Photographer:Fotograaf: Still from YouTube
Maastricht Platform for Community-Engaged Research launched
MAASTRICHT. Helping researchers who want to do community-engaged research and showcase what is already happening at Maastricht University. That is the aim of the Maastricht Platform for Community-Engaged Research (MPCER). During the launch event at Lumière last Thursday, the pitfalls and challenges of this kind of research were discussed.
Initiator Marieke Hopman, assistant professor at the law faculty, starts by defining ‘community-engaged research’. “It’s research that intends to have an impact on society, that involves the relevant community, and that shares the results with that community.” This could apply to Hopman’s own research, in which she talked to children in the Central African Republic about their rights. Or professor Klasien Horstman’s ‘University in the Neighbourhood’ project, in which researchers and local people together look into what can be done to improve health, resilience and participation in their Maastricht neighbourhood.
But how do you get the community interested and involved? “At first, just observe”, says Christel van Beijsterveld, physical therapist and PhD candidate, “Look at what they do, need, and like. Then start talking. I had a lot of ideas about what I could do, but then I realized: I have to ask the patient. Let yourself get involved in their lives, rather than engaging patients in your research.” “And when you have started, invite them to reflect,” says Horstman. “We started a local Philosophy Café. Some people came to us, saying it was a bit too highbrow if we called it a philosophy café; maybe it should be common room or community centre. So we put it up for discussion and it turned out that most people preferred the name ‘Philosophy Café’. You need to have an ongoing dialogue.”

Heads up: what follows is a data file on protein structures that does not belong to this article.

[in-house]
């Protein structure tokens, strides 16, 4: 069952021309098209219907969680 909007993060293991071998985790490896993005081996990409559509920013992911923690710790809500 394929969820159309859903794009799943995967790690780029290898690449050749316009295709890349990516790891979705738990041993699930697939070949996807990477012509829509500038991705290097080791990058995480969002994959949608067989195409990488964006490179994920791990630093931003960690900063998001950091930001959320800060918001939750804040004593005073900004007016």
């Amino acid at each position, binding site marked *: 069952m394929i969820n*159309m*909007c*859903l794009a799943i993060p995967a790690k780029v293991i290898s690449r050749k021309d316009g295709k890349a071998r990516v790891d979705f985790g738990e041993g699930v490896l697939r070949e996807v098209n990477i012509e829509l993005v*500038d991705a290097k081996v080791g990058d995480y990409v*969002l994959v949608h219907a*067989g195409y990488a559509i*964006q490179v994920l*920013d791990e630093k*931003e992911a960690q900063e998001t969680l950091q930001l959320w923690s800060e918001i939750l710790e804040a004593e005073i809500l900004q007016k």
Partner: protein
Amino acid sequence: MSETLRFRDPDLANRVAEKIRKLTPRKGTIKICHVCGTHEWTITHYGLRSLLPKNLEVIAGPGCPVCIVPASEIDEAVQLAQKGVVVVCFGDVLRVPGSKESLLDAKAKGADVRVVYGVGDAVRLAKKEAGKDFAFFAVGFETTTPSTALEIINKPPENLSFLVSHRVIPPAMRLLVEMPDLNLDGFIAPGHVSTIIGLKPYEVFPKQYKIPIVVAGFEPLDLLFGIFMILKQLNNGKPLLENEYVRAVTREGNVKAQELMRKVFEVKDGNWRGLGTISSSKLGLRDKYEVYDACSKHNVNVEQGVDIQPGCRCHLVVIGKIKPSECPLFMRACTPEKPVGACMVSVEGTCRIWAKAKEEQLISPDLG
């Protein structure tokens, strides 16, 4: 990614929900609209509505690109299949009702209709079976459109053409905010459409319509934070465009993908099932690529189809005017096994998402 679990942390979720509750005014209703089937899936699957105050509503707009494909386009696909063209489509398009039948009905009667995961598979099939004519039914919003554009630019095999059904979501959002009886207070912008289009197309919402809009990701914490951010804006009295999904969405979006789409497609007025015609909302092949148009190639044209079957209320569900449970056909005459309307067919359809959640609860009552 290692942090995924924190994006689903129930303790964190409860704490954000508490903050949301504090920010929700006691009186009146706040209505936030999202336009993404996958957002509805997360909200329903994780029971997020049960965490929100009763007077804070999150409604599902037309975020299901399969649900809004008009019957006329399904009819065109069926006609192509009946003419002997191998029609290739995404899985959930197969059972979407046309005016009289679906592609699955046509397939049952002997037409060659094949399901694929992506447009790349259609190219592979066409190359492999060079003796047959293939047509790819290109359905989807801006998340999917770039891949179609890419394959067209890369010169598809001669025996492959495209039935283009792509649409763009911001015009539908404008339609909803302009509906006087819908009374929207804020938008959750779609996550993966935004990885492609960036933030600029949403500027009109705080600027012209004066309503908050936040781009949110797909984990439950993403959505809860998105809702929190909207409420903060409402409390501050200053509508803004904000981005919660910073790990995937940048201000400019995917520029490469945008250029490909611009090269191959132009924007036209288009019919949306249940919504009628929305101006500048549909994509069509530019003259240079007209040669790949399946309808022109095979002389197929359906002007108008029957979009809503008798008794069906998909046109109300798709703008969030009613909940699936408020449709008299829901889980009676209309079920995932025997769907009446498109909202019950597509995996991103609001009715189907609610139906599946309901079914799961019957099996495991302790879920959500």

Horstman also warns the researchers in the room: a community is not homogenous. Philosopher Ties van de Werff nods. He is looking into how orchestras can attract new, younger audiences. “The role I don’t want to have, but into which I’m forced sometimes when there are discussions, is that of the big validator. They ask me to give my stamp of approval on an idea. It’s very tricky, because I do have ideas about what would be best, but I’m not in the orchestra. I should not be the one making the decisions.”
Another tricky thing is how to get funding. Hopman likes crowdfunding. “It’s amazing how interested people are in your research because they invested in it, even if it was a small amount.” But there are a lot of tempting offers you have to say no to. “What if you are at a network event talking to a person who is very wealthy and very interested in your research but also just… icky? I sometimes feel like I’m selling my soul a bit.”
More information at mpcer.maastrichtuniversity.nl